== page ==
Chiropractic peer reviewers often bring up the fact that the treatment was on a part of the body other than spine and they conclude (erroneously) that that deems the treatment medically unnecessary.

New York State law authorizes chiropractors to work on parts of the body other than the spine as long as the purpose of the treatment is “removing nerve interference and the effects thereof, where such interference is the result of or related to distortion, misalignment, or subluxation of or in the vertebral column.” (Opinion letter dated April 17, 2001 from Norman G. Cohen, Executive Secretary of the New York State Board for Chiropractic of the New York State Education Department). A second letter also dated April 17, 2001 from Mr. Cohen further provides: “Consequently, to remove nerve interference and its effects, a chiropractor may detect and correct structural imbalance, distortion or subluxation in the human body, including extraspinal parts….”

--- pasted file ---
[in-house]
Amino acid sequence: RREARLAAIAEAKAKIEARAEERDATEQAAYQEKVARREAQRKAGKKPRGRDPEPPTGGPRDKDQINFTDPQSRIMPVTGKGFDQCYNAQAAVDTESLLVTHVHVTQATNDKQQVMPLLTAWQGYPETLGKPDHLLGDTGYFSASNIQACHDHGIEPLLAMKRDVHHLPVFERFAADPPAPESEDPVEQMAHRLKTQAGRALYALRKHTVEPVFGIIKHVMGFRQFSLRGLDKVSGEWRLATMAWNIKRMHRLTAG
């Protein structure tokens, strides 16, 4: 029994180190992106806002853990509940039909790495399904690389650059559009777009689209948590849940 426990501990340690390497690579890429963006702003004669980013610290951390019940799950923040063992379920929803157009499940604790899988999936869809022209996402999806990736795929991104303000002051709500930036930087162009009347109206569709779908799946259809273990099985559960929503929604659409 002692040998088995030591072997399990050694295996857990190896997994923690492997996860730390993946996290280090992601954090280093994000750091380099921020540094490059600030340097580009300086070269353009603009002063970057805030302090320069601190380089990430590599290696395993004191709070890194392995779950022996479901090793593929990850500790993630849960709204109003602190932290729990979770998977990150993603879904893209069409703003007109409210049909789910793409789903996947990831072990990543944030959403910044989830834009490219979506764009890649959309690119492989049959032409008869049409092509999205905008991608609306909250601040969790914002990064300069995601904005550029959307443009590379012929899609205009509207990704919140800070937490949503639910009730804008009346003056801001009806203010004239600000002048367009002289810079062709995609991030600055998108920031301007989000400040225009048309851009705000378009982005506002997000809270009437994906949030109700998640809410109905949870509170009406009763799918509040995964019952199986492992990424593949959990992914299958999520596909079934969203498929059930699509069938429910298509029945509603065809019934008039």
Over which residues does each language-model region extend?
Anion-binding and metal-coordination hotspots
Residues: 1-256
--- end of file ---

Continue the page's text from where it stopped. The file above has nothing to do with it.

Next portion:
See Bronx Chiropractic Services,PC v. American Transit Insurance Company

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